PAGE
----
What are Future Posts made of?
Future Posts are made from 100% recycled single-use and waste plastics diverted from landfill. We mostly recycle plastic types 2 (High Density Polyethylene), 4 (Low Density Polyethylene) and 5 (Polypropylene) with type 7 plastics occasionally added into the mix.
The only thing we add to the waste plastic is Carbon Black, an ultra-violet (UV) light inhibitor which provides long-lasting UV stability. By turning posts black also means we can recycle every colour waste plastic!
Where does the black colour come from?
The only thing we add to the waste plastic is UV Carbon Black, a UV inhibitor which provides long-lasting UV stability. By turning the posts black also means we can recycle every colour waste plastic!
Do Future Posts leach CCA?
No. Our products do not contain CCA (Copper, Chromium, Arsenic) which is traditionally used to treat timber posts in New Zealand to slow damage from rotting, fungi and insects. Independent tests have shown that Future Posts do not leach such toxins and have been approved by Bio Gro New Zealand for use in organic farms, orchards and similar settings.
What is the life expectancy of a Future Post?
When asked this question, we answer that the life expectancy is more than 50 years … but the honest answer is “we simply don’t know and it's probably hundreds if not thousands of years!” Plastic will naturally degrade from exposure to UV light which weakens the chemical bonds and embrittles the plastic. However, the rate of degradation is very, very slow – untreated plastics of the type used in Future Posts degrade in the environment by 1.3um to 22um (0.0013mm/year to 0.022 mm/year for HDPE and LDPE respectively). For the mix of plastics typically in a Future Post, that means the post will degrade at a rate of around 10% of thickness of a hair every year! While a standard 125mm diameter Future Post might not last the entire 15,000 years this rate of degradation would imply, it is certainly likely to be many generations. During 15 months of independent accelerated lifetime testing under high heat and extreme UV exposure, the strength of the sample had not decreased over the 6 year test-equivalent period, and this testing underpins our 10-year manufacturer’s warranty. As for colourfastness, for our earliest posts installed over five years ago, no noticeable changes in post structure or colour have been observed.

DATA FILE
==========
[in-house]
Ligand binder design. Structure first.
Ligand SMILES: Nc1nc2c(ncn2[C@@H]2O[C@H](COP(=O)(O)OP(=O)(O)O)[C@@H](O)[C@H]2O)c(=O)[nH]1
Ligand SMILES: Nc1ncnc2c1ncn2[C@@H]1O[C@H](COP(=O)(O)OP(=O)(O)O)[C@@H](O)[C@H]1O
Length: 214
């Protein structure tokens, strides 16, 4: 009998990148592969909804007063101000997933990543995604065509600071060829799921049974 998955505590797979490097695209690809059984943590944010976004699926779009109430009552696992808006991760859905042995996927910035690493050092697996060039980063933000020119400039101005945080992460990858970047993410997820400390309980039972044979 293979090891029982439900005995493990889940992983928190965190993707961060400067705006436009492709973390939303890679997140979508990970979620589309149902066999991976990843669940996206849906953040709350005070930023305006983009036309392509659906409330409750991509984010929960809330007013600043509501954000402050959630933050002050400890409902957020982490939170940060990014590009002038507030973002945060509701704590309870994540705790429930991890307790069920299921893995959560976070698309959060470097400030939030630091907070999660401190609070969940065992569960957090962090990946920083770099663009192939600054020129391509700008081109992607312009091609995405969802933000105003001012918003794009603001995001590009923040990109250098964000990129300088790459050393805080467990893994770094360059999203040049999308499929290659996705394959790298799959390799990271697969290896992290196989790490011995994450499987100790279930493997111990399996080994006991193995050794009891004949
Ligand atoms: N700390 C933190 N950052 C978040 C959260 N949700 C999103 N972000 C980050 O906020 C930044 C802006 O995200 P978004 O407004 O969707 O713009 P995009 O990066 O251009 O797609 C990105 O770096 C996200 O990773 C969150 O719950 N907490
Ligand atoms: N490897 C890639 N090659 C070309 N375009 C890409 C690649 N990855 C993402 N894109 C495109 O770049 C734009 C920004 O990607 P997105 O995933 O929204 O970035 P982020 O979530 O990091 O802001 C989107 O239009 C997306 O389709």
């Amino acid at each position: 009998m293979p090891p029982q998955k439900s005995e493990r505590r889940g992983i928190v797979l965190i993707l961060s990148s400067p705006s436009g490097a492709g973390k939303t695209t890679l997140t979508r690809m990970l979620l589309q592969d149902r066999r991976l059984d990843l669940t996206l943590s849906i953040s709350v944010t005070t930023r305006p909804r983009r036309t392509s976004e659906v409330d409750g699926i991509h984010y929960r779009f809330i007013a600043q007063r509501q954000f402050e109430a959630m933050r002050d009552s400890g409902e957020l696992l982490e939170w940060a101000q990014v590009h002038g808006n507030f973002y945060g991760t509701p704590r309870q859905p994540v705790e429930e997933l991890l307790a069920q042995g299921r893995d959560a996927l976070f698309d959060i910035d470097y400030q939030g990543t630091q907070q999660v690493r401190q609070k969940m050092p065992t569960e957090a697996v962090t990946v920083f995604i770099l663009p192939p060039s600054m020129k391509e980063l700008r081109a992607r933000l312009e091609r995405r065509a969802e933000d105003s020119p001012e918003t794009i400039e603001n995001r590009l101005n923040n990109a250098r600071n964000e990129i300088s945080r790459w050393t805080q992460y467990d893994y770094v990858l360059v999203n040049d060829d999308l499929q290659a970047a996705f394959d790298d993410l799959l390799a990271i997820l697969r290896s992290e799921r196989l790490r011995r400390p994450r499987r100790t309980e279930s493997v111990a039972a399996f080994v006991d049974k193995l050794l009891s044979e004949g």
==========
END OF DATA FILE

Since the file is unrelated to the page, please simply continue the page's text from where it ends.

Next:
Do stock chew the posts?
No! Since our inception, owners of crib-biting stock such as horses and goats have found no chewing of Future Posts which greatly adds to longevity in the fence line as well as lasting good looks.
How much waste plastic goes into making one post?
We can recycle many different waste plastic items and plastic types, however, in easy to understand terms, there is the equivalent of approximately 250 milk bottles and 1100 bread bags in a single 125mm/1.8m post. That's more milk and bread packaging diverted from national landfill than most families consume in several years!
How do I install Future Posts?
Future Posts are solid plastic posts that can be installed the same as regular timber posts, including with a post-driver or vibrating digger head. In hard ground, install as per timber posts by pre-spiking holes or using existing post holes. You may find some small modifications to your technique may initially be required when installing Future Posts, however most people put a few posts in, get a feel for them and away they go. Being careful with post straightness during the first few taps can assist the final result, particular with taller posts. These may also benefit from some support half-way down the post during installation. See our Installation page for more details and advice.
How do I attach my fencing materials to the posts?